Jeanine Dağyeli’s study, “Weapon of the Discontented? Trans-River Migration as Tax Avoidance Practice and Lever in Eastern Bukhara,” challenges the nation state historiography with its focus on the political center and its fiction of hard territorial borders. It does so by studying the way in which populations on both sides of the Afghanistan-Tajikistan border crossed to the other side to avoid what they saw as excessively burdensome state exactions or deterioration of their agricultural environment. Largely based on archival records surviving in Tashkent, on travelogues, historical geographical, and climate records, while for methodology drawing on studies of low-level peasant resistance in the wake of James Scott’s work on Southeast Asia, the author redefines the border. As in this case the border does not coincide with a language, religious, natural, or ethnic cleavage, both sides appear to the locals as a contiguous area divided by borders that neither state is able to police. At the same time, the local state authorities contribute to the weakening of these borders by trying to attract settlers from the other side to secure a sustainable population density required for reasons of security and taxation. The study not only offers an important and well-documented historical exploration that brings Central Asia into the discussion of the complex dynamics of borderlands, but also poses a wider, implicit challenge to the border narrative even of highly developed and densely policed nation states; the examples that immediately spring to mind are the Berlin Wall and the Iron Curtain.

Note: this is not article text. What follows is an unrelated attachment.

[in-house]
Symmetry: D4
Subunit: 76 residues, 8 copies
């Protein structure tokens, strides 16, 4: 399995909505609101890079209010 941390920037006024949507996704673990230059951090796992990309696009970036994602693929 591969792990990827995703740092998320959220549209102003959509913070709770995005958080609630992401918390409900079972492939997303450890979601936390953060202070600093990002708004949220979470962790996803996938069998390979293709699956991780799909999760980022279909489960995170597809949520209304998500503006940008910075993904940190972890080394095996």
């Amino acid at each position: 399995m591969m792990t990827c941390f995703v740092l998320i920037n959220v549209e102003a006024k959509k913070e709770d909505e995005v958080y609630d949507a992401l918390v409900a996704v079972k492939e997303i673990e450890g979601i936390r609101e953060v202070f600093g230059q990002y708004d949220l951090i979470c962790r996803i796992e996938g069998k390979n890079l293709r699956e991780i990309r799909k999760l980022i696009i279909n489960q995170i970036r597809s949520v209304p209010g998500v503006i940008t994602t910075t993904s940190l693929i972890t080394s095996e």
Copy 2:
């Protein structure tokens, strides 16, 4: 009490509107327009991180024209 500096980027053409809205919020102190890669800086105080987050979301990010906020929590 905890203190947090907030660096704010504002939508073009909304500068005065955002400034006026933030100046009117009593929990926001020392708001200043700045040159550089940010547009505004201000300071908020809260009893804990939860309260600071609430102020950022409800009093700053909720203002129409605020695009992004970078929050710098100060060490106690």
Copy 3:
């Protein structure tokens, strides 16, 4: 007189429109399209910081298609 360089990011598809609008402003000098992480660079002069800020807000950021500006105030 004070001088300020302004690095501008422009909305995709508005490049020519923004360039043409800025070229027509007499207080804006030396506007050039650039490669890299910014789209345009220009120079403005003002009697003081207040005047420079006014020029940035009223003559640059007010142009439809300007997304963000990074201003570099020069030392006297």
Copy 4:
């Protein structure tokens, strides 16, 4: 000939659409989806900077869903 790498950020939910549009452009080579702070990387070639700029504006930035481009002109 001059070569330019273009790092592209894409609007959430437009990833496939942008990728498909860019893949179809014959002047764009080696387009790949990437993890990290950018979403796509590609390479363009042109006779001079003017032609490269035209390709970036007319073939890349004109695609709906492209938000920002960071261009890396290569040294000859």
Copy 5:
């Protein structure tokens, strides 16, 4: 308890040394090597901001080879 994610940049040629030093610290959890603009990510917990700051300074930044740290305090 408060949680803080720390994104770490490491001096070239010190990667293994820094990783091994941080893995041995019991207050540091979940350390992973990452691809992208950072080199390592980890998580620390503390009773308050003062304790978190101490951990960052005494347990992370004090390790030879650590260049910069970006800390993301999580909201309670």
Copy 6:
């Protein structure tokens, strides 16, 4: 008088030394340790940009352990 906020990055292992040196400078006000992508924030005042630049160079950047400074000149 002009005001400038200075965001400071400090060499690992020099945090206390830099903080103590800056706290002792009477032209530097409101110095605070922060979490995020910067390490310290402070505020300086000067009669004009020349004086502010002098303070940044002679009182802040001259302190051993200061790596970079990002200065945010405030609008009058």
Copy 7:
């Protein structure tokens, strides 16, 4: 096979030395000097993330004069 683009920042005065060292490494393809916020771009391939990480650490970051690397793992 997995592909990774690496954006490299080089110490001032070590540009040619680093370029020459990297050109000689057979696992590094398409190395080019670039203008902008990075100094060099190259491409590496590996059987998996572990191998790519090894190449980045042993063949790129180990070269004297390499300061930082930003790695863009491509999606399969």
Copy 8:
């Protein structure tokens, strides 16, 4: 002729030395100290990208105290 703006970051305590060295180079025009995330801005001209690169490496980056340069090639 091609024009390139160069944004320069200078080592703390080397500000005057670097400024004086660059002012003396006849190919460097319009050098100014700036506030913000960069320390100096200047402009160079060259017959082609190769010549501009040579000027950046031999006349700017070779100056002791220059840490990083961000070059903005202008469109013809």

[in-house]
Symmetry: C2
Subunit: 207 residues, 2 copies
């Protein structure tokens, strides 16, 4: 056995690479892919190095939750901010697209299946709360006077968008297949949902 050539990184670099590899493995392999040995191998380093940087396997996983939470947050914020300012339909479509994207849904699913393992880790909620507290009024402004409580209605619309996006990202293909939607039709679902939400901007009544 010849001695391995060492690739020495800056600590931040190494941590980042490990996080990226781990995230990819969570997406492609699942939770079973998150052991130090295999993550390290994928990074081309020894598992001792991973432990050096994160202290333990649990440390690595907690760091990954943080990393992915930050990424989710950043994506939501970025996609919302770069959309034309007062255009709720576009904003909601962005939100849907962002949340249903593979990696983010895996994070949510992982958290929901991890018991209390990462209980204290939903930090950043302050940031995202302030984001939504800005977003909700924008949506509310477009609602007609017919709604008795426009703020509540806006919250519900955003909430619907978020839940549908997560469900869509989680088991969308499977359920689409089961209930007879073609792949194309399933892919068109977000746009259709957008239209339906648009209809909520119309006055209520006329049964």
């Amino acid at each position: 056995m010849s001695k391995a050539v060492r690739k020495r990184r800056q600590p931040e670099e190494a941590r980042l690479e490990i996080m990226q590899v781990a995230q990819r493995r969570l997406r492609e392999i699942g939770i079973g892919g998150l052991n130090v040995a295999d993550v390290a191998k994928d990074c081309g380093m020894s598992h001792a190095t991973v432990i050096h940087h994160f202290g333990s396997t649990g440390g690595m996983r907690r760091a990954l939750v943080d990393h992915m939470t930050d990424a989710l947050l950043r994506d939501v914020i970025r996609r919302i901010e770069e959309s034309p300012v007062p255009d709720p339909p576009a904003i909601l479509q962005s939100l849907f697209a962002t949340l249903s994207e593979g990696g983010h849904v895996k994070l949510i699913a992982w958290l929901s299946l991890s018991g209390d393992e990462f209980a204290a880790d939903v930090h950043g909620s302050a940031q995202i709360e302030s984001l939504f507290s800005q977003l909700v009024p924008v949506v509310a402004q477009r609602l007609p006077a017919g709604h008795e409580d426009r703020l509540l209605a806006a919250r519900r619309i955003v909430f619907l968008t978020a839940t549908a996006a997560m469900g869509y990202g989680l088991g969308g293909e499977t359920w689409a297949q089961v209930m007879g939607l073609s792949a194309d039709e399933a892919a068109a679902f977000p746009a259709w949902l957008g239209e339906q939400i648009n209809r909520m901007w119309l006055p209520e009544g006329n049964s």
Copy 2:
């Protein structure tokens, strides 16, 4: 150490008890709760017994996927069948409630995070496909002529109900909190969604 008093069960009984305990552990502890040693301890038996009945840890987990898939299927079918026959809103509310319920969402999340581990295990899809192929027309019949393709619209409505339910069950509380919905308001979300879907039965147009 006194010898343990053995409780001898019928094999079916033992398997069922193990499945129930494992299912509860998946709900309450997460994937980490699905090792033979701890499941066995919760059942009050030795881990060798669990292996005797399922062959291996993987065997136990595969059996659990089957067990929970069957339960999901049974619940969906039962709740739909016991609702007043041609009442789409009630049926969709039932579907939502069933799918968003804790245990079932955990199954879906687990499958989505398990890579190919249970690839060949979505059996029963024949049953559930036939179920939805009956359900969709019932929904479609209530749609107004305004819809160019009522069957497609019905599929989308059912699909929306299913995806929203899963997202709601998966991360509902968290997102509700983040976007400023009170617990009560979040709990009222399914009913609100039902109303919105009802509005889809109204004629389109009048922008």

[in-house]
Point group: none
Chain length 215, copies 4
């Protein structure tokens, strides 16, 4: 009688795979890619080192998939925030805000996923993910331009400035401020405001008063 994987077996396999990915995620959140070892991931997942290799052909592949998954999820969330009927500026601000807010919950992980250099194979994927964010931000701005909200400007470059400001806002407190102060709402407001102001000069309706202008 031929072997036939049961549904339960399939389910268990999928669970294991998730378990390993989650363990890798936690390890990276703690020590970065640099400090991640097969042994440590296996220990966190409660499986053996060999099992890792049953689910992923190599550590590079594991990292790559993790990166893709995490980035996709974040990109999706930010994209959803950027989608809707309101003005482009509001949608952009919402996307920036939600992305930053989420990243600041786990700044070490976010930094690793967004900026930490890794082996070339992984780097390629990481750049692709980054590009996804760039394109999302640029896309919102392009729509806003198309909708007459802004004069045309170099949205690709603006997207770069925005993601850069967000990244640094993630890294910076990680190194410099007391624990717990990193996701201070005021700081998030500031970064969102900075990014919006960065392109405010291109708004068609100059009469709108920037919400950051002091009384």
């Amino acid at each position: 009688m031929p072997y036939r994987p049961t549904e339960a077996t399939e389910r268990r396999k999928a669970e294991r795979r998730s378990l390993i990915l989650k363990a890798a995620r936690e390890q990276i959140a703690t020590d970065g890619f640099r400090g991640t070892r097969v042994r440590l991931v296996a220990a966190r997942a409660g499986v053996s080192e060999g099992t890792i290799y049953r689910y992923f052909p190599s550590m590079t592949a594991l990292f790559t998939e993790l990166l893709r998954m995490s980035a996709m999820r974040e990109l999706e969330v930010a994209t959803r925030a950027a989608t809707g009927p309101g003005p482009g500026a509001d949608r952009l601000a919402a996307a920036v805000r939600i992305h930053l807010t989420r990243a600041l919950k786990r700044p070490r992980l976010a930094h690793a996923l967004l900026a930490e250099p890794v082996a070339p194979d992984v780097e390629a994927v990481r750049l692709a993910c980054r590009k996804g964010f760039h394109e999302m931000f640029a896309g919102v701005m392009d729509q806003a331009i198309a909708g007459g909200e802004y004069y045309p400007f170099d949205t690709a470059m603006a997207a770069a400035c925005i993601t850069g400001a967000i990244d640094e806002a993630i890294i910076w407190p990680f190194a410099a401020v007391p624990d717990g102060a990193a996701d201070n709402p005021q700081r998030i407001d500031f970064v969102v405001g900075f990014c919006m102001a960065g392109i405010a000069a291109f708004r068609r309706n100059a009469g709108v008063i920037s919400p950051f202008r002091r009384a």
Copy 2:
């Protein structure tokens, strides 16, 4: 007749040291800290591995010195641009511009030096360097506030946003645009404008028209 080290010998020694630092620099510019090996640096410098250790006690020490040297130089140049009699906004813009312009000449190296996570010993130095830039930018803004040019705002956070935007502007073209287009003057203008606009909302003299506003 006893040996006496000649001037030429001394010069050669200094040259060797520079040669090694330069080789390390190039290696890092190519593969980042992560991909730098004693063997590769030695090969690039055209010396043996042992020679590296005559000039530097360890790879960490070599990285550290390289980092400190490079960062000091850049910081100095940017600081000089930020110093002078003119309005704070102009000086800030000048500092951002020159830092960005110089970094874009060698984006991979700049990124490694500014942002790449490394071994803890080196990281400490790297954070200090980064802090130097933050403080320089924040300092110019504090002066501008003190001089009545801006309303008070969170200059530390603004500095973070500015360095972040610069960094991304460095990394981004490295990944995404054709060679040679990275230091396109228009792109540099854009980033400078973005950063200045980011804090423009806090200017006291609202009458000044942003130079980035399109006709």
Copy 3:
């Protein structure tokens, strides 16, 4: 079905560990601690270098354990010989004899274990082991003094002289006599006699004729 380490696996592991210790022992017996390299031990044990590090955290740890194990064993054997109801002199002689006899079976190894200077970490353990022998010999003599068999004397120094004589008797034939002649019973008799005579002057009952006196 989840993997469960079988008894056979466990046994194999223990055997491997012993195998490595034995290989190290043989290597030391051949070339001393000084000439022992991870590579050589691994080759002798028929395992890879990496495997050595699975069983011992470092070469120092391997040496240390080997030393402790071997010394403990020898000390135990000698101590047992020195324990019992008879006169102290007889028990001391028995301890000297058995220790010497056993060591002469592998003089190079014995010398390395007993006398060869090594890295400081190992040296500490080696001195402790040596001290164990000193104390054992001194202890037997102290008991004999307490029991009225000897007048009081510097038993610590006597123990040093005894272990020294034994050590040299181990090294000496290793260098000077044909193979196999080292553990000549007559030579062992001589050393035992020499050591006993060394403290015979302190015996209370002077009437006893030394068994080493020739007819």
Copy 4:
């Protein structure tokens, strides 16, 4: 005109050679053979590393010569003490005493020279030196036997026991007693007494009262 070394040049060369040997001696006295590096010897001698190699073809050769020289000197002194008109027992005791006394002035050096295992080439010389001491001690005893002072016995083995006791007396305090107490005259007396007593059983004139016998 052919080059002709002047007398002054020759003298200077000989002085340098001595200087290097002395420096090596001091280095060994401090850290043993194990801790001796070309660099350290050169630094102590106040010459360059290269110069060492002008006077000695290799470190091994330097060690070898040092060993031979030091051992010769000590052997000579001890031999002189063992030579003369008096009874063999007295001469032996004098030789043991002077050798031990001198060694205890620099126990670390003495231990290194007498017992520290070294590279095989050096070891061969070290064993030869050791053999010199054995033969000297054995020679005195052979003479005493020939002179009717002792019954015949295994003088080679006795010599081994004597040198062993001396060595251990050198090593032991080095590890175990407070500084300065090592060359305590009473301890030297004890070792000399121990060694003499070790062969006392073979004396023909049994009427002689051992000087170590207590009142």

In another micro-study of the complex dynamics of borderlands, “Territorialisation, Ambivalence, and Representational Spaces in Gilgit-Baltistan,” Antía Mato Bouzas investigates the ways in which the local inhabitants in an area contested between India and Pakistan cope with a recent, heavily militarized border, which separates them from their relatives while keeping them in limbo as to their citizenship. They are Pakistanis when traveling abroad but remain deprived of full citizen rights when at home because of the territory’s open status. The ensuing disputes play out on maps, laws, and administrative practices on the state side, and in cultural strategies of securing identity on the side of local activists. Based on interviews with locals and government officials on both sides of the border controlled by Pakistan and India, and drawing on an approach opened by Henri Lefebvre’s discussion of the frontier as a “space lived through its associated images and symbols,” the author documents different strategies to fix these images and symbols. On the state side, this takes the form of marking on official maps the fact that the area is not, constitutionally, a part of Pakistan, while developing a strategy of attracting tourists to this peaceful “jewel of Pakistan.” On the side of the locals, it takes the form of drawing benefits from the massive presence of Pakistani military in conjunction with efforts by local activists to culturally redefine Muslim Baltistan by reviving historical connections with Tibetan Buddhism. The side-connections are, for the time being, reduced to occasional visits that involve many detours, but, as the cultural permeability of the Berlin Wall or the explosion of ethnic and religious strife between closely intermarried groups in former Yugoslavia have shown, hidden in these cross-border linkages lie historical forces of considerable strength.